The other aspect of Tybee that can be replicated is the abundance of nature. Sure we can’t put a beach in every city or suburb, but we can dramatically increase the amount of interesting fauna. Tybee is relatively ungroomed and that makes it interesting. All sorts of different plants and trees are growing in yards or in public areas and this makes walking much more enjoyable. Cities can replicate this by providing more frequent open space that isn’t necessarily nicely groomed parks; let nature do its thing in confined areas along streets and in neighborhoods. We can’t bring the beach or marshlands found naturally on Tybee to every city, but we can preserve and build around natural land and we can attempt to replicate natural environments throughout cities.
My critiques of Tybee are simply that they should consider strengthening existing features. Though many of the streets are seemingly shared streets, they aren’t officially shared streets. Tybee still designates bike lanes (though these are completely indiscernible except for a sign with a bike and arrow); this implies that bikes have protection in some areas, but not in others. The city either needs to clearly mark bike lines everywhere or formally adopt shared streets. The same goes for pedestrians. Though everyone readily uses the streets for transportation, as a walker you still feel threatened every time a car passes. Legally the car still has the right-of-way, but we have informally adopted a shared streets policy. This creates confusion; either build sidewalks or declare a formalized shared street where cars can longer legally fly past pedestrians. For most residents and tourists who stay on the island almost everything is accessible by bike or foot so it makes sense to adopt a shared streets policy that encourages comfortable walking and biking.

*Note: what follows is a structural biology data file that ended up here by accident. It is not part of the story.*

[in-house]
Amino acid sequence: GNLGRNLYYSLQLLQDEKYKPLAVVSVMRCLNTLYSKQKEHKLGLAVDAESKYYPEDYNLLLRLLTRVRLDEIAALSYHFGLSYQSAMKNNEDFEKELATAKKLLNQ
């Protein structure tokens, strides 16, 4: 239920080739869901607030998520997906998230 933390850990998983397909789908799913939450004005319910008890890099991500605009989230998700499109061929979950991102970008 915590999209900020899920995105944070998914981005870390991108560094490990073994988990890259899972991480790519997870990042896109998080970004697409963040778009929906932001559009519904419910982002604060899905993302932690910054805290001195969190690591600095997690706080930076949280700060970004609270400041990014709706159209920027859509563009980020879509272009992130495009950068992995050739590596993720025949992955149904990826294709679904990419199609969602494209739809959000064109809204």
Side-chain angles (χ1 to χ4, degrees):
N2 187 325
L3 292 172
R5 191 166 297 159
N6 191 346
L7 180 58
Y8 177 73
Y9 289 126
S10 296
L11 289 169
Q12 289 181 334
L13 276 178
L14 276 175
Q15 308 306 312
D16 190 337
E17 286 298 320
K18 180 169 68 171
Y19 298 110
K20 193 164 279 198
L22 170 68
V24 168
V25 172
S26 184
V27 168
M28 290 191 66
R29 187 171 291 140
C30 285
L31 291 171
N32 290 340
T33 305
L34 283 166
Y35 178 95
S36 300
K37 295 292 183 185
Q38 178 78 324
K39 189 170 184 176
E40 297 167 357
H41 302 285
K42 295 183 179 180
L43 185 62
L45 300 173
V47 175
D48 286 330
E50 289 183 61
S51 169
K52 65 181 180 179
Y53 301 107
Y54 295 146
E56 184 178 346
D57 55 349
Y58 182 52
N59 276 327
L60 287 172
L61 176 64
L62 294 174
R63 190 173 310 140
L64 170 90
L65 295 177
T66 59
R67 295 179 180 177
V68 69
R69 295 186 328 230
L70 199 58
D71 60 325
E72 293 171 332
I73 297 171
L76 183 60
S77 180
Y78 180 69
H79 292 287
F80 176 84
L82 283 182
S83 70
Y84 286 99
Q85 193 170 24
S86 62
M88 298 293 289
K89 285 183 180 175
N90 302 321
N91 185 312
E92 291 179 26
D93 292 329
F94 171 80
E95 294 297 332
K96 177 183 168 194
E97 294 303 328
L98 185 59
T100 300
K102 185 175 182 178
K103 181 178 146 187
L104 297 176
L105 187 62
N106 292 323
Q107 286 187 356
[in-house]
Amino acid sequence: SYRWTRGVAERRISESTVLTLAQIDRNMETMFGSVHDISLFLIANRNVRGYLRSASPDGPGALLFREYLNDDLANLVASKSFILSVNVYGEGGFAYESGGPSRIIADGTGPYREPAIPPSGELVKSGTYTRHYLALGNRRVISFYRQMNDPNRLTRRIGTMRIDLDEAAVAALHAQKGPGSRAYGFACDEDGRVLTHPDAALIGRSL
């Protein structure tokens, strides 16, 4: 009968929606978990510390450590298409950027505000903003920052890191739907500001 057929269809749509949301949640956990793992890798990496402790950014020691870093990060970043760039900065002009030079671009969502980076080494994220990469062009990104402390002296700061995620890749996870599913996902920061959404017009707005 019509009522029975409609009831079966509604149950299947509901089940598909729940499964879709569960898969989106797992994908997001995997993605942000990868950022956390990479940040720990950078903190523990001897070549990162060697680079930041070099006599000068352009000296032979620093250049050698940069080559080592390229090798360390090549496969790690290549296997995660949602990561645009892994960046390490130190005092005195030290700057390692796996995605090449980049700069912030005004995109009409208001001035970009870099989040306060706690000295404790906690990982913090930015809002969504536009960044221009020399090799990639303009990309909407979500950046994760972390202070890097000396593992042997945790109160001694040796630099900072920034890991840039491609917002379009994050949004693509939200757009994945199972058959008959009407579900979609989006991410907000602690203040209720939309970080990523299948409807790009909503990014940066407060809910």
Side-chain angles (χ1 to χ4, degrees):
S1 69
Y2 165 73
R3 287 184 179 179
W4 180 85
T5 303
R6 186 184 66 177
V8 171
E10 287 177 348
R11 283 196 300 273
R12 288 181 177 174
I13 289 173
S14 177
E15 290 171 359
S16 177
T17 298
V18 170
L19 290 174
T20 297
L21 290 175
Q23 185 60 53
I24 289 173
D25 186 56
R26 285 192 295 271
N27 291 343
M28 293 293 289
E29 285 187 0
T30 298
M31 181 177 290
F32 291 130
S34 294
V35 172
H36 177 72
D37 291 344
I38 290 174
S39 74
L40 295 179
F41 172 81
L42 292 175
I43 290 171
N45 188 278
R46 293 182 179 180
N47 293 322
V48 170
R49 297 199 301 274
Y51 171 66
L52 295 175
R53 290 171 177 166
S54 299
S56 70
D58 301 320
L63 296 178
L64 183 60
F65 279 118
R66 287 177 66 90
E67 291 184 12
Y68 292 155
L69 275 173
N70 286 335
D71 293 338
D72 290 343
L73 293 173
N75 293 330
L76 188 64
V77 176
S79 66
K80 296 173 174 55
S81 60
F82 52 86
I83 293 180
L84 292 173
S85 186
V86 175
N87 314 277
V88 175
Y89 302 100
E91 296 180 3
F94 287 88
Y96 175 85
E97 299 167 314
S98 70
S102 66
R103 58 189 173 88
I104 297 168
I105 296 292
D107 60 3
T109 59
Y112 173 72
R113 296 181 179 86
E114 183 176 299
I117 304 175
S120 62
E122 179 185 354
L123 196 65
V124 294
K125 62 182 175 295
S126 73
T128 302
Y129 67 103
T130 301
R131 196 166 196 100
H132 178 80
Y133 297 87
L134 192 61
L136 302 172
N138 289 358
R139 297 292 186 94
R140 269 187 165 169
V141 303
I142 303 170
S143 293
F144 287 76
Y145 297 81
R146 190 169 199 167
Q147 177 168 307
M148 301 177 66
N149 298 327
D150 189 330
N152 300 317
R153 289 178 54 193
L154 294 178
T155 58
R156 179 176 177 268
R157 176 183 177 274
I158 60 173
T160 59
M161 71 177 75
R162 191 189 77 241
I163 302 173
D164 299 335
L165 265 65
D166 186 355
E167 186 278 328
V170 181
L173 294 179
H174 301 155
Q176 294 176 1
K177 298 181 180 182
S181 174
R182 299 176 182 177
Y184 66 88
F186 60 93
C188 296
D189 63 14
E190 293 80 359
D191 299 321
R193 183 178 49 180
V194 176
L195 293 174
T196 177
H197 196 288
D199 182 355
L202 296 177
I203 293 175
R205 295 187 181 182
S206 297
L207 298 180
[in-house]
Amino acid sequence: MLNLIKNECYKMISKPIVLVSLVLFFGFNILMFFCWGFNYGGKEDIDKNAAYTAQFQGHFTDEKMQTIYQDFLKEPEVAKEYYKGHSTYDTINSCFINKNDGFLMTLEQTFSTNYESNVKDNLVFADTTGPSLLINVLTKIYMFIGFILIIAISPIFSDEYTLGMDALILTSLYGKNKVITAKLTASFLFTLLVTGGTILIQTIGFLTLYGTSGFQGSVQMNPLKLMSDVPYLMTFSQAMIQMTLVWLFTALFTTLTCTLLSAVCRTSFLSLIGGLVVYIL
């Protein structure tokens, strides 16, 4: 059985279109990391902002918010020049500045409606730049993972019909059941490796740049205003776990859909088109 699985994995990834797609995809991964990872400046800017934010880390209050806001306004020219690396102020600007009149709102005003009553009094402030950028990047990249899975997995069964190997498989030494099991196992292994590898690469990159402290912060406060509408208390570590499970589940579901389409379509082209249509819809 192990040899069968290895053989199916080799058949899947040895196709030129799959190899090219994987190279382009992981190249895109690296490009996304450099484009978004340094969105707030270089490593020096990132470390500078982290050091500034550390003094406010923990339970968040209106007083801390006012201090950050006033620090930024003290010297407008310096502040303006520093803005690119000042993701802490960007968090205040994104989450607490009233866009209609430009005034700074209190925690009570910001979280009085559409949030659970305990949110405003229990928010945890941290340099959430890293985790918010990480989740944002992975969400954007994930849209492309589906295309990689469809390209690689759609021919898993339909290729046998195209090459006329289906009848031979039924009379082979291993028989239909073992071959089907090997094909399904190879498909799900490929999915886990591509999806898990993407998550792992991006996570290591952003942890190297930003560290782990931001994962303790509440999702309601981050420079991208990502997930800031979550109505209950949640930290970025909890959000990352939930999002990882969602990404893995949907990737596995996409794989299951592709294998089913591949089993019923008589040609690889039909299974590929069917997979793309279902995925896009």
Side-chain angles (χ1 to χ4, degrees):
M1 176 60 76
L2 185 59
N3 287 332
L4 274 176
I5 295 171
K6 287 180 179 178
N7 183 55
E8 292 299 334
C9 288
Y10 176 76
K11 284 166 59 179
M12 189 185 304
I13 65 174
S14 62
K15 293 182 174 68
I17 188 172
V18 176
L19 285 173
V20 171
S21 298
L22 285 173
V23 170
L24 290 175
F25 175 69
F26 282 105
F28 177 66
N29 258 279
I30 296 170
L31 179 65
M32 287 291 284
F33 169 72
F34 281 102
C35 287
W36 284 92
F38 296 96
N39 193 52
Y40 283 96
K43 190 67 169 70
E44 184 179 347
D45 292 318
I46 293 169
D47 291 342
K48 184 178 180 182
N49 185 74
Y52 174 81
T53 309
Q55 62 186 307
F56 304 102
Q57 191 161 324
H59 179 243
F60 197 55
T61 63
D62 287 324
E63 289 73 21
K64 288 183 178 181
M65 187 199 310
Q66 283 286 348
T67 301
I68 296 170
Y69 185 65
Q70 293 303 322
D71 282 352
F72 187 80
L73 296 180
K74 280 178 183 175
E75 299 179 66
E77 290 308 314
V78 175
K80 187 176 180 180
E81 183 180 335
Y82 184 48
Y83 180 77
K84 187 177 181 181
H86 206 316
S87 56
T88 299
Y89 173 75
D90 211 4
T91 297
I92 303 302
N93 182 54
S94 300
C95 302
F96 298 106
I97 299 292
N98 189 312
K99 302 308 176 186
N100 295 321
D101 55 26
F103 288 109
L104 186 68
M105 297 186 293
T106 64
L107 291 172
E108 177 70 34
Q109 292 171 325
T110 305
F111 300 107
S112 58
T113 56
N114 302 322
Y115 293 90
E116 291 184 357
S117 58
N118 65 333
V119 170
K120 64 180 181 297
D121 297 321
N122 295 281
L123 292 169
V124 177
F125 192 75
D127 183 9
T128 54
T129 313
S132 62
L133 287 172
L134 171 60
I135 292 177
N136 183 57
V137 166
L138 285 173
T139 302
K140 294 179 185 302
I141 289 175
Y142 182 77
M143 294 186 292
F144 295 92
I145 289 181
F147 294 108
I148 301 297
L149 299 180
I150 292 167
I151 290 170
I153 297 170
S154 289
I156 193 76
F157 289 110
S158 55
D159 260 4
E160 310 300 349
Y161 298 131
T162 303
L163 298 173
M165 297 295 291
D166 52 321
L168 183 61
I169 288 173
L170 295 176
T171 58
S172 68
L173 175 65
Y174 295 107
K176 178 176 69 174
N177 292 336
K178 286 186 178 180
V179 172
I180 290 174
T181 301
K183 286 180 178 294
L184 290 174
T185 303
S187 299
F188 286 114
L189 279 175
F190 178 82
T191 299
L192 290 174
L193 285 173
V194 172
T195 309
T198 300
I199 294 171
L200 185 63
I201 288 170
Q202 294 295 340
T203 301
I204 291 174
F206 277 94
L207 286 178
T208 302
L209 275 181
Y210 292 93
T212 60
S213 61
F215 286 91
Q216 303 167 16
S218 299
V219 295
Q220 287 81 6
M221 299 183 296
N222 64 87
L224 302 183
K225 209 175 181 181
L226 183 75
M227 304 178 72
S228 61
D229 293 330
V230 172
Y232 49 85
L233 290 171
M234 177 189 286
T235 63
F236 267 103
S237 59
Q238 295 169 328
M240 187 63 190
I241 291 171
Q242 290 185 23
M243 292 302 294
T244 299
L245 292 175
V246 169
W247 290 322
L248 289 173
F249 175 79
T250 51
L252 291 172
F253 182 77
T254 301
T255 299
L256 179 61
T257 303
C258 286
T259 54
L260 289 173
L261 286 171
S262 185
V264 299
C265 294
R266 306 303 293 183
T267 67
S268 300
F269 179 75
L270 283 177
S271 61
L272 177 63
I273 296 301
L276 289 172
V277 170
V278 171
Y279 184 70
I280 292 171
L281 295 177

Tybee should consider rezoning parts of Butler Avenue. Contrary to my belief, Tybee does have a zoning code, and it’s a rather extensive one for a community of 3,000. The city is divided into a number of generally use-exclusive districts, including several designed to protect marine and marshland areas. One interesting aspect of the zoning code is that the main thoroughfare, Butler Avenue, is zoned residential until around 14th Street where it transitions to commercial. I like the idea of confining more of the heavier commercial uses to one zone at the end of the beach, but I think the rest of Butler Avenue should be rezoned to allow limited commercial use. It doesn’t make sense for the main arterial road to be largely confined to residential uses.
Interestingly a similar type of zoning that should be used is already envisioned in the zoning ordinance, yet unless I am looking at an outdated map it doesn’t seem to be implemented anywhere. The “Transitional Business-Residential” (TBR) district calls for the mixing of certain commercial properties with residential properties around the area zoned C-2, which is in place along 1st Street before it turns into Butler Avenue. I don’t see the TBR zoning currently being used, but it should be amended to nix the requirement that it be used around the C-2 zone and to better define what commercial uses can be implemented in the zone. There is no reason why TBR should be restricted to one area of the city if it makes sense in other parts. Perhaps a new district should be created that isn’t based on transition, but on the general mixing of commercial and residential uses with the overall idea being the protection of residential qualities. Butler Avenue should then be rezoned to this new district so that residential and commercial spaces can be used. Right now, the majority of Butler Avenue is residential, which means people that live there have little reason to casually stroll along it. Adding some more commercial space could create a more vibrant street environment that encourages people to walk or bike from the north end of the island to the south end.